Mike:               She’s such a windbag anyway, she keeps on rambling and rambling. That’s why we’re going for over 45 minutes.

Tim::                Poor Sheila, she just keeps talking and she won’t let us get a word in edgewise, right?

Mike:               Sheila!

Tim:                 She is throwing things at her radio right now, listening to this.

Adam:             Oh Mike, putting down Sheila without here being here to defend herself.

Mike:               I’m supposed to be like really ironic, because we all know that I’ve got nothing to say and keep talking.

Adam:             That was a jump because I didn’t think I was being sarcastic.

Tim:                 Well of course, for those of you who are new to the podcast, the voices you’re hearing…

Adam:             That’s what my wife tells me, she always has to explain to me…

Mike:               Well I wasn’t prepared to defend myself so that’s why I sort of pivoted.

Tim:                 You’re hearing the voice of Mike Rogers, the general manager of InForm Fitness there at InForm Fitness Headquarters.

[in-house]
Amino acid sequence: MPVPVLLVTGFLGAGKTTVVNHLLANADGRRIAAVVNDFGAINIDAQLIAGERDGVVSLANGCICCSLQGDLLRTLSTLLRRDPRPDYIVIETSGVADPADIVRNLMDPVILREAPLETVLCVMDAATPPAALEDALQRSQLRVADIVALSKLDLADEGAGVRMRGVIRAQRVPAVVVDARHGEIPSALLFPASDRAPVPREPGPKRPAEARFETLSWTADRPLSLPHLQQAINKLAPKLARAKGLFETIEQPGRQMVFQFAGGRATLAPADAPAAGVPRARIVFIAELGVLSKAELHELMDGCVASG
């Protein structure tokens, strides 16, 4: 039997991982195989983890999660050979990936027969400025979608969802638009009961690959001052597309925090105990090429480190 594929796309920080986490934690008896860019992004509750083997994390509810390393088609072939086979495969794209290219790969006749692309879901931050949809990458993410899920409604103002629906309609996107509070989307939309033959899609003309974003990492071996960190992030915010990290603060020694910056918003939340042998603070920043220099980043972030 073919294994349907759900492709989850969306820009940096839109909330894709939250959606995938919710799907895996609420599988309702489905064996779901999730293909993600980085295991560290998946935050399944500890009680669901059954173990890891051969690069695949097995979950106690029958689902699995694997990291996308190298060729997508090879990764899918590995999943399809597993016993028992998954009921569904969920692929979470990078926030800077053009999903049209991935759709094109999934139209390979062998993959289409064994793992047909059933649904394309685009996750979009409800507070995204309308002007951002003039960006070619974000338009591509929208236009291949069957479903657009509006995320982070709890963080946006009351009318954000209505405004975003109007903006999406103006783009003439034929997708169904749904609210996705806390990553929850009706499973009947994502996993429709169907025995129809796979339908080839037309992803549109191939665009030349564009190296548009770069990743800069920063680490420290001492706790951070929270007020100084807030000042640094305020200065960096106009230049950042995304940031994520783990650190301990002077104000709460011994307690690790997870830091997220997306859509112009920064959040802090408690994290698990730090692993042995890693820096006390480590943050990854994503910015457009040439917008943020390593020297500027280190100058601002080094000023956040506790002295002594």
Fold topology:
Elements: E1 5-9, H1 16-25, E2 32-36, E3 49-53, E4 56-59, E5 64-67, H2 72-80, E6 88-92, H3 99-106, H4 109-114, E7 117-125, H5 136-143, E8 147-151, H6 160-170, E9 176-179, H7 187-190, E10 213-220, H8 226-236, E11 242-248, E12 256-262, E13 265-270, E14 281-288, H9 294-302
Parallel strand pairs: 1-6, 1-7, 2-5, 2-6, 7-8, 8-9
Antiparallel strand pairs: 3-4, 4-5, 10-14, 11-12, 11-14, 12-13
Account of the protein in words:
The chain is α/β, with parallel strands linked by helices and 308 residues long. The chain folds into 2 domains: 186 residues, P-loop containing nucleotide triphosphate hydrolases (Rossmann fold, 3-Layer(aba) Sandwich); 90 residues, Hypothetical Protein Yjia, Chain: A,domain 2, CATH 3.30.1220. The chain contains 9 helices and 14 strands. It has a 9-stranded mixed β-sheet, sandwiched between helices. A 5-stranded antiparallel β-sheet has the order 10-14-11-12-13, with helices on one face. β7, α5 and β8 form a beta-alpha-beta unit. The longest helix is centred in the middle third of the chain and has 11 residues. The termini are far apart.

Mike:               There goes the twenty minutes.

Adam:             The real windbag of this podcast.

Tim:                 I just can’t keep my mouth shut. Of course the man you just heard is the founder of InForm Fitness, Adam Zickerman, and Adam, a few episodes ago, we spent a lot of time talking about your ketogenic diet. That ninety day journey that you embarked upon, right towards the beginning of 2017, and you had tremendous results with this new diet plan, and we’ve yet to see your blood work results. I’m assuming that’s coming pretty soon, but the items that you mentioned, the food that you were eating on this diet were some items that we’ve been told for decades to stay away from. Saturated fats and such, and this is the title or the topic for today’s podcast.

Adam:             Yes, yes. So saturated fat has been vilified for the last fifty years and continues to this day to be vilified by the American Heart Association. With a recent advisory they put out, can’t be more than a couple of weeks ago at this point, and I